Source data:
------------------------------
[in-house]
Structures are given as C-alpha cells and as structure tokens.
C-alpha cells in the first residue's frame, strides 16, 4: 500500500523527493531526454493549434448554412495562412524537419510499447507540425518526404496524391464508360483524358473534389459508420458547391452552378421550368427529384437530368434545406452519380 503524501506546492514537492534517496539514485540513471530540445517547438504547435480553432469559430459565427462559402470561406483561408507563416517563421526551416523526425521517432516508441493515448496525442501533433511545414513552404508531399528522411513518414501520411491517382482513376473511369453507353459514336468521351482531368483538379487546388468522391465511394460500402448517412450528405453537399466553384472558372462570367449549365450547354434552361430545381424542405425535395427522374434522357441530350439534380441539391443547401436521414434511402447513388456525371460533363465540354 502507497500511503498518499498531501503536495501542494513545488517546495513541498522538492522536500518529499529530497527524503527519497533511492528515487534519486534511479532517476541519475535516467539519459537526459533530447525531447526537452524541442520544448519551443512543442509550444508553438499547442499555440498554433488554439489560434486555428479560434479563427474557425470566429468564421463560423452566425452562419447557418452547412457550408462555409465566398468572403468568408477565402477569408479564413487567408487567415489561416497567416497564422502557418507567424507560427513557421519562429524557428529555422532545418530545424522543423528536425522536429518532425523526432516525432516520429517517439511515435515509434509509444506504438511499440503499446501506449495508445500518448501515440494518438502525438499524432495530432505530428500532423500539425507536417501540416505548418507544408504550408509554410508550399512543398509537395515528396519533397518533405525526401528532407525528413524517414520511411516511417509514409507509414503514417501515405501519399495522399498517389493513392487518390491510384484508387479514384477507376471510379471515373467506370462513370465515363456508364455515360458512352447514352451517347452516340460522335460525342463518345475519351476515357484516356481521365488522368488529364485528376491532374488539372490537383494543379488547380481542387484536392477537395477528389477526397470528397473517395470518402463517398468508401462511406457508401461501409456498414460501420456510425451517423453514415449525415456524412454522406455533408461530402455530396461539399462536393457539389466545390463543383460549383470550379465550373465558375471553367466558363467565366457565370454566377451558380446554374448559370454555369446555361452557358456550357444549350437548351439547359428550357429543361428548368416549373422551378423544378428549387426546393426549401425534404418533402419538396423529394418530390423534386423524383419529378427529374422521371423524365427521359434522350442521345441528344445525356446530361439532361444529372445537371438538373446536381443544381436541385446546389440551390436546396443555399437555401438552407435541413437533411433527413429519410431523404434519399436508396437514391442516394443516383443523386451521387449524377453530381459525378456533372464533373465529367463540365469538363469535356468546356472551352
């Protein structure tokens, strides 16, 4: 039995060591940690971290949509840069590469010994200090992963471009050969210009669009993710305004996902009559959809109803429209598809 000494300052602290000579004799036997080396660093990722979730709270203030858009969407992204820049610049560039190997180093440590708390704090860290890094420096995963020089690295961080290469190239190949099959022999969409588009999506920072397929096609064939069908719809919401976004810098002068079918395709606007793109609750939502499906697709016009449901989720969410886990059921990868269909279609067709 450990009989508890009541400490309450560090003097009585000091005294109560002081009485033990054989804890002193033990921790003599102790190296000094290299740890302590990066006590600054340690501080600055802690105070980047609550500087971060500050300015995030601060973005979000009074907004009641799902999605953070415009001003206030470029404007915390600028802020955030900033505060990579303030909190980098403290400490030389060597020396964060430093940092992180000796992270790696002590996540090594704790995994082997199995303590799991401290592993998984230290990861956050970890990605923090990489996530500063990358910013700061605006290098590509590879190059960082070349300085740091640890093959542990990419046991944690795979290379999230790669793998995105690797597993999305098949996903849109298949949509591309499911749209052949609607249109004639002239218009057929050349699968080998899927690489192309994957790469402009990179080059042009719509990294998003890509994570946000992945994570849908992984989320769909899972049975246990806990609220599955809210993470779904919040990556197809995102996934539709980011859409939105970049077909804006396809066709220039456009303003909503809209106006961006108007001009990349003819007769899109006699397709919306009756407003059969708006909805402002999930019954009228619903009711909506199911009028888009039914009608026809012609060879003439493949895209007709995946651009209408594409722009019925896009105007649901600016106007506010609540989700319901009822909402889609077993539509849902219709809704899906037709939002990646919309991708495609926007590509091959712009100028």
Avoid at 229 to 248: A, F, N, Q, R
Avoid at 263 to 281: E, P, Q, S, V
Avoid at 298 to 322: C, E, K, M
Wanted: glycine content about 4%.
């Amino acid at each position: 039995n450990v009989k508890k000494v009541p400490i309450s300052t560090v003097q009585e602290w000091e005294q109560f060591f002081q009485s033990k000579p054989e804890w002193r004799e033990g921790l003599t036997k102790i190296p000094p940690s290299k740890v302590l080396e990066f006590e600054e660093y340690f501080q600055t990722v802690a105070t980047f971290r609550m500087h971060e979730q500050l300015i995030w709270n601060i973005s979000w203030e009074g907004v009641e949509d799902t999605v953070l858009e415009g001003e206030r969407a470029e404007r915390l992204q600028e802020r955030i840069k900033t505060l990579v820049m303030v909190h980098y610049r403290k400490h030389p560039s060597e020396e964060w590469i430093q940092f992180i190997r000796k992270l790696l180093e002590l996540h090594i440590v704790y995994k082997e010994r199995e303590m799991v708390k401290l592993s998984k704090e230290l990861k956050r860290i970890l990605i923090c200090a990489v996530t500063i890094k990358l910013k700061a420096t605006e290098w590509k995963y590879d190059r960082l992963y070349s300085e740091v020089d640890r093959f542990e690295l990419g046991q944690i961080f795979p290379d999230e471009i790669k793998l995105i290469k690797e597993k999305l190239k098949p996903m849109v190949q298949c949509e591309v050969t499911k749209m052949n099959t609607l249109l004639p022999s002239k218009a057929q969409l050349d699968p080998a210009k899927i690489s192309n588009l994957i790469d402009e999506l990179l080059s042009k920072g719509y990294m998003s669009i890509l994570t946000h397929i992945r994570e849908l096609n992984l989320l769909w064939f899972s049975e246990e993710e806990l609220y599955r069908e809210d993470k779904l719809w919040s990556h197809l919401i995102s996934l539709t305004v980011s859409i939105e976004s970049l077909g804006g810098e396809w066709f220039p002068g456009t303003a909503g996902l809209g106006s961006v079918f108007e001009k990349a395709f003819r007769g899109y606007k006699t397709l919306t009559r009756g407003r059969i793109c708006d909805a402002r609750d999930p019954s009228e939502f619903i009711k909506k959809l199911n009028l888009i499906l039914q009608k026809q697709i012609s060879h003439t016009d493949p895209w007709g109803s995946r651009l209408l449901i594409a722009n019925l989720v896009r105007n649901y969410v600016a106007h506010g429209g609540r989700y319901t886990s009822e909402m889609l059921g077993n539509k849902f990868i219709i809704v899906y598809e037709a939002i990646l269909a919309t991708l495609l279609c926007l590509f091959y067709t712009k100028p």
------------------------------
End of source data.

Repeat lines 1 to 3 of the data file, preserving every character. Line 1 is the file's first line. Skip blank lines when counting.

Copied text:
[in-house]
Structures are given as C-alpha cells and as structure tokens.
C-alpha cells in the first residue's frame, strides 16, 4: 500500500523527493531526454493549434448554412495562412524537419510499447507540425518526404496524391464508360483524358473534389459508420458547391452552378421550368427529384437530368434545406452519380 503524501506546492514537492534517496539514485540513471530540445517547438504547435480553432469559430459565427462559402470561406483561408507563416517563421526551416523526425521517432516508441493515448496525442501533433511545414513552404508531399528522411513518414501520411491517382482513376473511369453507353459514336468521351482531368483538379487546388468522391465511394460500402448517412450528405453537399466553384472558372462570367449549365450547354434552361430545381424542405425535395427522374434522357441530350439534380441539391443547401436521414434511402447513388456525371460533363465540354 502507497500511503498518499498531501503536495501542494513545488517546495513541498522538492522536500518529499529530497527524503527519497533511492528515487534519486534511479532517476541519475535516467539519459537526459533530447525531447526537452524541442520544448519551443512543442509550444508553438499547442499555440498554433488554439489560434486555428479560434479563427474557425470566429468564421463560423452566425452562419447557418452547412457550408462555409465566398468572403468568408477565402477569408479564413487567408487567415489561416497567416497564422502557418507567424507560427513557421519562429524557428529555422532545418530545424522543423528536425522536429518532425523526432516525432516520429517517439511515435515509434509509444506504438511499440503499446501506449495508445500518448501515440494518438502525438499524432495530432505530428500532423500539425507536417501540416505548418507544408504550408509554410508550399512543398509537395515528396519533397518533405525526401528532407525528413524517414520511411516511417509514409507509414503514417501515405501519399495522399498517389493513392487518390491510384484508387479514384477507376471510379471515373467506370462513370465515363456508364455515360458512352447514352451517347452516340460522335460525342463518345475519351476515357484516356481521365488522368488529364485528376491532374488539372490537383494543379488547380481542387484536392477537395477528389477526397470528397473517395470518402463517398468508401462511406457508401461501409456498414460501420456510425451517423453514415449525415456524412454522406455533408461530402455530396461539399462536393457539389466545390463543383460549383470550379465550373465558375471553367466558363467565366457565370454566377451558380446554374448559370454555369446555361452557358456550357444549350437548351439547359428550357429543361428548368416549373422551378423544378428549387426546393426549401425534404418533402419538396423529394418530390423534386423524383419529378427529374422521371423524365427521359434522350442521345441528344445525356446530361439532361444529372445537371438538373446536381443544381436541385446546389440551390436546396443555399437555401438552407435541413437533411433527413429519410431523404434519399436508396437514391442516394443516383443523386451521387449524377453530381459525378456533372464533373465529367463540365469538363469535356468546356472551352